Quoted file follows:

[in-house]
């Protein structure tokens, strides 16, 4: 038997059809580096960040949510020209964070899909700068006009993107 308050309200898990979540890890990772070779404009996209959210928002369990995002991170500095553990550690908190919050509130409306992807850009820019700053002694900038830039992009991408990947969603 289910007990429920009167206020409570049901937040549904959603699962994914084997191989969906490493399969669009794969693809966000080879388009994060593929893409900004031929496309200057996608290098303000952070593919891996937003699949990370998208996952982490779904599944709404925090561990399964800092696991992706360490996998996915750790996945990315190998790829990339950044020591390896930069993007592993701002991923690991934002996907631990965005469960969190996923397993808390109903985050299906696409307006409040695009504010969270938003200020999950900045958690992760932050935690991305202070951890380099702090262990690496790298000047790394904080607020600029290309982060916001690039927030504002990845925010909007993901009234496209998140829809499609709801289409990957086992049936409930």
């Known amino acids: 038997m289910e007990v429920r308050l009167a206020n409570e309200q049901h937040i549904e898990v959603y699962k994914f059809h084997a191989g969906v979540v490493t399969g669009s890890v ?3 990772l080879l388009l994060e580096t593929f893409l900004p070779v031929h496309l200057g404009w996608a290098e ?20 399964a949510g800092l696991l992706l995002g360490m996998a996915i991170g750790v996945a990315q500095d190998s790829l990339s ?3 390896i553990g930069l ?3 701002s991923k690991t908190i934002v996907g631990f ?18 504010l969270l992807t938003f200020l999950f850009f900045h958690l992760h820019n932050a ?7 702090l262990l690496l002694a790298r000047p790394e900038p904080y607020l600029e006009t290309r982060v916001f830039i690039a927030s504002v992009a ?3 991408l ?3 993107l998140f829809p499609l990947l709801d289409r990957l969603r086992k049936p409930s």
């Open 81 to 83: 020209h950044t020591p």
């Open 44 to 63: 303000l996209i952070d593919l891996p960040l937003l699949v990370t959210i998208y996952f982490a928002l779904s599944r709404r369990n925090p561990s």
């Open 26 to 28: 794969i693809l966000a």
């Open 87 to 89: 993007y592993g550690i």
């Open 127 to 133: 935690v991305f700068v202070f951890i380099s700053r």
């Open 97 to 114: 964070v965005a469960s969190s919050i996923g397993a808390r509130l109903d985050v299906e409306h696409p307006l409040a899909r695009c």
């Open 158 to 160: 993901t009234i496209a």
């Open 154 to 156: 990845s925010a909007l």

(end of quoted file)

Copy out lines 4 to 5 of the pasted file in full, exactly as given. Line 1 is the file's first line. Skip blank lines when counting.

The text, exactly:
């Open 81 to 83: 020209h950044t020591p």
């Open 44 to 63: 303000l996209i952070d593919l891996p960040l937003l699949v990370t959210i998208y996952f982490a928002l779904s599944r709404r369990n925090p561990s």